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For Parents and Professionals

Recommended Books

Involving Latino Families in Schools: Raising Student Achievement Through Home-School Partnerships
Involving Latino Families in Schools: Raising Student Achievement Through Home-School Partnerships
By: Concha Delgado Gaitan
Corwin Press
(2004)

Product Description: This guide provides tools and strategies for including Latino parents in developing sustained academic improvement. Through suggested activities, case examples, first-person success stories, and vignettes, the author provides insights and instruction for planning, designing, and implementing parental participation programs that enhance the classroom curriculum and effectively engage Latino students.

It's Nobody's Fault: New Hope and Help for Difficult Children
It's Nobody's Fault: New Hope and Help for Difficult Children
By: Harold S. Koplewicz, MD

Brain chemistry, not bad parenting, is responsible for the 12 percent of children younger than 18 who have diagnosable brain disorders, such as attention deficit hyperactivity disorder (ADHD), separation anxiety disorder (SAD), or enuresis (bed-wetting). Through case studies, scientific data, and information about children's development and brain chemistry, Koplewicz helps parents understand the obstacles their brain-disordered children face. A practicing psychiatrist, he also suggests means, including therapy and medication, by which families may lessen the difficulties posed by those disorders. He devotes the final section of the book to considerations of the nature and treatment of problems including, besides those noted above, depression, conduct disorder, bipolar disorder, and autism. Presented with compassion but in no-nonsense style, his effort offers a wealth of scientific information in a format easily accessible to parents, extended families, and friends of "difficult" children.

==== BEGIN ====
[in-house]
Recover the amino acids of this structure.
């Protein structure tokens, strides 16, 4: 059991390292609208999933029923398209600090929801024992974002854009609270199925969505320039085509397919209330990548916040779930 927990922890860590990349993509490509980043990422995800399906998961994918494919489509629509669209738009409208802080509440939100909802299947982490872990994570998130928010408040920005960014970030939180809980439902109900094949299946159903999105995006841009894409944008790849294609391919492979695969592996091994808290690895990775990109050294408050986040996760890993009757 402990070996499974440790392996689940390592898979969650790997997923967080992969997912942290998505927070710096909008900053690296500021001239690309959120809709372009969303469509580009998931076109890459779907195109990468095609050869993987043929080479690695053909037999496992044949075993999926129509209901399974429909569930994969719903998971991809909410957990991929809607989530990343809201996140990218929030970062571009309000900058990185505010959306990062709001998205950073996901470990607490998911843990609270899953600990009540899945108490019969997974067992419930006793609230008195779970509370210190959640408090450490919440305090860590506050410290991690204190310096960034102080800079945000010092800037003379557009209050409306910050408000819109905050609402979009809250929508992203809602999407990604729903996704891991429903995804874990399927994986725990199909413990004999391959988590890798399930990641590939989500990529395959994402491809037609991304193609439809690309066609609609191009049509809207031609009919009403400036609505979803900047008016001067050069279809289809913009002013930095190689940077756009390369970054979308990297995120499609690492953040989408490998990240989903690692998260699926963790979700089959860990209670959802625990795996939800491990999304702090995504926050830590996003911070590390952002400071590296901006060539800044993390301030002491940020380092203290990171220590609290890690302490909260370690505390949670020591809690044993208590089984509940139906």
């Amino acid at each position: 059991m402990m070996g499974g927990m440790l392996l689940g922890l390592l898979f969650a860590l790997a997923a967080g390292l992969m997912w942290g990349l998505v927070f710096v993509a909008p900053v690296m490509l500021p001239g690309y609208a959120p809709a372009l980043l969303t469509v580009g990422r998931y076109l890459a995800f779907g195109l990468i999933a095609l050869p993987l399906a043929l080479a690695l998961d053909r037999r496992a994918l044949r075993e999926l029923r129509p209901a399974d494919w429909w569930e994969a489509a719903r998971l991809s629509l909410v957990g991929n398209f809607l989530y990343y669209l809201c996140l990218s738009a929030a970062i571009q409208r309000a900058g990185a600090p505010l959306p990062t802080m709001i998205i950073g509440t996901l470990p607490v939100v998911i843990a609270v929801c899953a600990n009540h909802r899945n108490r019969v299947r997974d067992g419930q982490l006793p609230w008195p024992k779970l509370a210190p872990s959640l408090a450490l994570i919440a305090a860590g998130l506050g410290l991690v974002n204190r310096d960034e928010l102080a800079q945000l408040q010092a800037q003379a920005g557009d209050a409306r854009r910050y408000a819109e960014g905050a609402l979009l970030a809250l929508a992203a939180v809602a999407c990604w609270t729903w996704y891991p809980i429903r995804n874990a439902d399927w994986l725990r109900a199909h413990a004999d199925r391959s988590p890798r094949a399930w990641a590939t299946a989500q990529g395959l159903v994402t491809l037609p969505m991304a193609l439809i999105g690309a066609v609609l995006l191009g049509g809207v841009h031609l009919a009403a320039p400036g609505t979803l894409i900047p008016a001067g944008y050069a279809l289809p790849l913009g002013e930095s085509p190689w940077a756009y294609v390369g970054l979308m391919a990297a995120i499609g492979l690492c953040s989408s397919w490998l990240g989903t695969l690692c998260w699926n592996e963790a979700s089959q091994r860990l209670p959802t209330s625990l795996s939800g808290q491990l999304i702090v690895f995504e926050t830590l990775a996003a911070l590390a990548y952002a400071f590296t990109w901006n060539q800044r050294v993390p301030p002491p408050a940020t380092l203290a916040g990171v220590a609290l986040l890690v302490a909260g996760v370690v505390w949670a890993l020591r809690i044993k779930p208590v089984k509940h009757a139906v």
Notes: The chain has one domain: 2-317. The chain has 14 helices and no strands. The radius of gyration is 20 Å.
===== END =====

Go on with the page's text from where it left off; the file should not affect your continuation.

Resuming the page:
—Kathryn Carpenter from Booklist

It's So Much Work to Be Your Friend: Helping the Child with Learning Disabilities Find Social Success
It's So Much Work to Be Your Friend: Helping the Child with Learning Disabilities Find Social Success
By: Rick Lavoie

As any parent, teacher, coach, or caregiver of a learning disabled child knows, every learning disability has a social component. The ADD child constantly interrupts and doesn't follow directions. The child with visual-spatial issues loses his belongings. The child with a nonverbal communication disorder fails to gesture when she talks. These children are socially out of step with their peers, and often they are ridiculed or ostracized for their differences. A successful social life is immeasurably important to a child's happiness, health, and development.

Job-Hunting for the So-Called Handicapped or People Who Have Disabilities
Job-Hunting for the So-Called Handicapped or People Who Have Disabilities
By: Richard Nelson Bolles, Dale S. Brown

Richard Bolles’s What Color Is Your Parachute? has helped millions of readers find their path in life, and now his Creative Approach to Job-Hunting is brought to bear on the specific challenges faced by job hunters with disabilities. In Job-Hunting for the So-Called Handicapped, Bolles and Dale Susan Brown guide readers through the often-frustrating, but ultimately rewarding process of securing independence in their lives and personal satisfaction in their careers. The authors begin by demystifying the intricacies of the ADA, describing in clear terms what the act does and does not guarantee disabled job hunters, and then move on to job-hunting strategies tailored specifically to people with disabilities.

K&W Guide to Colleges for Students with Learning Disabilities
K&W Guide to Colleges for Students with Learning Disabilities
By: Princeton Review